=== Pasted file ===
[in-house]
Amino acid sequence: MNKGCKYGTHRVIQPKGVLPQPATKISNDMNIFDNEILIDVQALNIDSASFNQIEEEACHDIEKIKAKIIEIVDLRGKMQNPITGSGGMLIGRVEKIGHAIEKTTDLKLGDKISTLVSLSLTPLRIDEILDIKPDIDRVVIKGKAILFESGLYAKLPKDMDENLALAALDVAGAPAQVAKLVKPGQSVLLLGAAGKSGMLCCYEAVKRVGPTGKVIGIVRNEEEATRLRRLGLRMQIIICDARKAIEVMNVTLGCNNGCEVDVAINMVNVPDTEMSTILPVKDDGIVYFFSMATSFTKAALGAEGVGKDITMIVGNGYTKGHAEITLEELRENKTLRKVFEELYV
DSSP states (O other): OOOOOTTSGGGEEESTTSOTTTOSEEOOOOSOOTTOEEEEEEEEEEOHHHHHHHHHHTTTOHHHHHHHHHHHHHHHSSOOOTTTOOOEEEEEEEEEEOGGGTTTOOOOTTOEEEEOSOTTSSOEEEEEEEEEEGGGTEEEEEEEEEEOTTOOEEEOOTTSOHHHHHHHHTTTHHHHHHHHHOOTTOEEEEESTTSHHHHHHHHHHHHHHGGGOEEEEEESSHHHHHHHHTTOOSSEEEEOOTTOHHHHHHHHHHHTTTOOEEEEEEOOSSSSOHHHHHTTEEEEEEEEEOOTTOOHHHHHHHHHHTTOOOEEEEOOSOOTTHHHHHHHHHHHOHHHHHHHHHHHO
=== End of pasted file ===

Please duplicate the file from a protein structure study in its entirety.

[in-house]
Amino acid sequence: MNKGCKYGTHRVIQPKGVLPQPATKISNDMNIFDNEILIDVQALNIDSASFNQIEEEACHDIEKIKAKIIEIVDLRGKMQNPITGSGGMLIGRVEKIGHAIEKTTDLKLGDKISTLVSLSLTPLRIDEILDIKPDIDRVVIKGKAILFESGLYAKLPKDMDENLALAALDVAGAPAQVAKLVKPGQSVLLLGAAGKSGMLCCYEAVKRVGPTGKVIGIVRNEEEATRLRRLGLRMQIIICDARKAIEVMNVTLGCNNGCEVDVAINMVNVPDTEMSTILPVKDDGIVYFFSMATSFTKAALGAEGVGKDITMIVGNGYTKGHAEITLEELRENKTLRKVFEELYV
DSSP states (O other): OOOOOTTSGGGEEESTTSOTTTOSEEOOOOSOOTTOEEEEEEEEEEOHHHHHHHHHHTTTOHHHHHHHHHHHHHHHSSOOOTTTOOOEEEEEEEEEEOGGGTTTOOOOTTOEEEEOSOTTSSOEEEEEEEEEEGGGTEEEEEEEEEEOTTOOEEEOOTTSOHHHHHHHHTTTHHHHHHHHHOOTTOEEEEESTTSHHHHHHHHHHHHHHGGGOEEEEEESSHHHHHHHHTTOOSSEEEEOOTTOHHHHHHHHHHHTTTOOEEEEEEOOSSSSOHHHHHTTEEEEEEEEEOOTTOOHHHHHHHHHHTTOOOEEEEOOSOOTTHHHHHHHHHHHOHHHHHHHHHHHO